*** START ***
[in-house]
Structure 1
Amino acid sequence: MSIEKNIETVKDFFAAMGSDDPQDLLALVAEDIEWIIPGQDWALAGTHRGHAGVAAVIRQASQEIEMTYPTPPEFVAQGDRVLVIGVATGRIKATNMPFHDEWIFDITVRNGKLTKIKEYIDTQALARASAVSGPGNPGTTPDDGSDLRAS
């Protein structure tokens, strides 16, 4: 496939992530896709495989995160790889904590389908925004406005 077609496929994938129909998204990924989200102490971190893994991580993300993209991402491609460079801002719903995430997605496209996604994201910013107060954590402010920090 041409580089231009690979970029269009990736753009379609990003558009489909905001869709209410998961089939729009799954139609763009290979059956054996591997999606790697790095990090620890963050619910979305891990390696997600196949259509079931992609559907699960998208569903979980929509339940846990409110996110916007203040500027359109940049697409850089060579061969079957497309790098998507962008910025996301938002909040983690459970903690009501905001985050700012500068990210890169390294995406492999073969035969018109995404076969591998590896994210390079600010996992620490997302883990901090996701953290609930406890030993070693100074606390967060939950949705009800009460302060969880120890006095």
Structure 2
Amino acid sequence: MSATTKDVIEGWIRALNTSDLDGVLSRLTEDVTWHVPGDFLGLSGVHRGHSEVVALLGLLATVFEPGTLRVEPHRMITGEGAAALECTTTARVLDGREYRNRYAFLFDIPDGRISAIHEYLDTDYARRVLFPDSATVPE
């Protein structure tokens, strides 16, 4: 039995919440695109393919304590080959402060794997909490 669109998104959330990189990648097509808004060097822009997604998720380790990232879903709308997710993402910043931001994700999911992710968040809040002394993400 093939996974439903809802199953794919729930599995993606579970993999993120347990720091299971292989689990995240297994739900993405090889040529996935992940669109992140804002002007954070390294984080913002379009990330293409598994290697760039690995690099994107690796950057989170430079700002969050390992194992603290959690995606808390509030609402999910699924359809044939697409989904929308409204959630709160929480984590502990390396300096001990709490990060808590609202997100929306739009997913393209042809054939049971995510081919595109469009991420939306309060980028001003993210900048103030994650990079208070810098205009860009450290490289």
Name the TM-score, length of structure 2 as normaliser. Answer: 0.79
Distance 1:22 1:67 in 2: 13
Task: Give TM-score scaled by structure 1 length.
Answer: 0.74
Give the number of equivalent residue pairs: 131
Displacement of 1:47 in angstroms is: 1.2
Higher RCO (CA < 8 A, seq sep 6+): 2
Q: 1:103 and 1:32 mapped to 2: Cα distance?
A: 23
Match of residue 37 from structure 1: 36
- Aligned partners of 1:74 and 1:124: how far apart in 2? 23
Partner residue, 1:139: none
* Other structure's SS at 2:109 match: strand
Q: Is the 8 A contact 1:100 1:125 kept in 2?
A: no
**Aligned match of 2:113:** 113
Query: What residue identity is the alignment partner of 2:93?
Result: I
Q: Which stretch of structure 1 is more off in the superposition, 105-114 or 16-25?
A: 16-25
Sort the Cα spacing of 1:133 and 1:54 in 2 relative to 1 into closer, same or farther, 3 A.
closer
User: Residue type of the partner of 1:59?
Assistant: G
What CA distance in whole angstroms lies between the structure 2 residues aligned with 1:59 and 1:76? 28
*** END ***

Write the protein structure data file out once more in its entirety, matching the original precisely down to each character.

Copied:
[in-house]
Structure 1
Amino acid sequence: MSIEKNIETVKDFFAAMGSDDPQDLLALVAEDIEWIIPGQDWALAGTHRGHAGVAAVIRQASQEIEMTYPTPPEFVAQGDRVLVIGVATGRIKATNMPFHDEWIFDITVRNGKLTKIKEYIDTQALARASAVSGPGNPGTTPDDGSDLRAS
């Protein structure tokens, strides 16, 4: 496939992530896709495989995160790889904590389908925004406005 077609496929994938129909998204990924989200102490971190893994991580993300993209991402491609460079801002719903995430997605496209996604994201910013107060954590402010920090 041409580089231009690979970029269009990736753009379609990003558009489909905001869709209410998961089939729009799954139609763009290979059956054996591997999606790697790095990090620890963050619910979305891990390696997600196949259509079931992609559907699960998208569903979980929509339940846990409110996110916007203040500027359109940049697409850089060579061969079957497309790098998507962008910025996301938002909040983690459970903690009501905001985050700012500068990210890169390294995406492999073969035969018109995404076969591998590896994210390079600010996992620490997302883990901090996701953290609930406890030993070693100074606390967060939950949705009800009460302060969880120890006095």
Structure 2
Amino acid sequence: MSATTKDVIEGWIRALNTSDLDGVLSRLTEDVTWHVPGDFLGLSGVHRGHSEVVALLGLLATVFEPGTLRVEPHRMITGEGAAALECTTTARVLDGREYRNRYAFLFDIPDGRISAIHEYLDTDYARRVLFPDSATVPE
């Protein structure tokens, strides 16, 4: 039995919440695109393919304590080959402060794997909490 669109998104959330990189990648097509808004060097822009997604998720380790990232879903709308997710993402910043931001994700999911992710968040809040002394993400 093939996974439903809802199953794919729930599995993606579970993999993120347990720091299971292989689990995240297994739900993405090889040529996935992940669109992140804002002007954070390294984080913002379009990330293409598994290697760039690995690099994107690796950057989170430079700002969050390992194992603290959690995606808390509030609402999910699924359809044939697409989904929308409204959630709160929480984590502990390396300096001990709490990060808590609202997100929306739009997913393209042809054939049971995510081919595109469009991420939306309060980028001003993210900048103030994650990079208070810098205009860009450290490289």
Name the TM-score, length of structure 2 as normaliser. Answer: 0.79
Distance 1:22 1:67 in 2: 13
Task: Give TM-score scaled by structure 1 length.
Answer: 0.74
Give the number of equivalent residue pairs: 131
Displacement of 1:47 in angstroms is: 1.2
Higher RCO (CA < 8 A, seq sep 6+): 2
Q: 1:103 and 1:32 mapped to 2: Cα distance?
A: 23
Match of residue 37 from structure 1: 36
- Aligned partners of 1:74 and 1:124: how far apart in 2? 23
Partner residue, 1:139: none
* Other structure's SS at 2:109 match: strand
Q: Is the 8 A contact 1:100 1:125 kept in 2?
A: no
**Aligned match of 2:113:** 113
Query: What residue identity is the alignment partner of 2:93?
Result: I
Q: Which stretch of structure 1 is more off in the superposition, 105-114 or 16-25?
A: 16-25
Sort the Cα spacing of 1:133 and 1:54 in 2 relative to 1 into closer, same or farther, 3 A.
closer
User: Residue type of the partner of 1:59?
Assistant: G
What CA distance in whole angstroms lies between the structure 2 residues aligned with 1:59 and 1:76? 28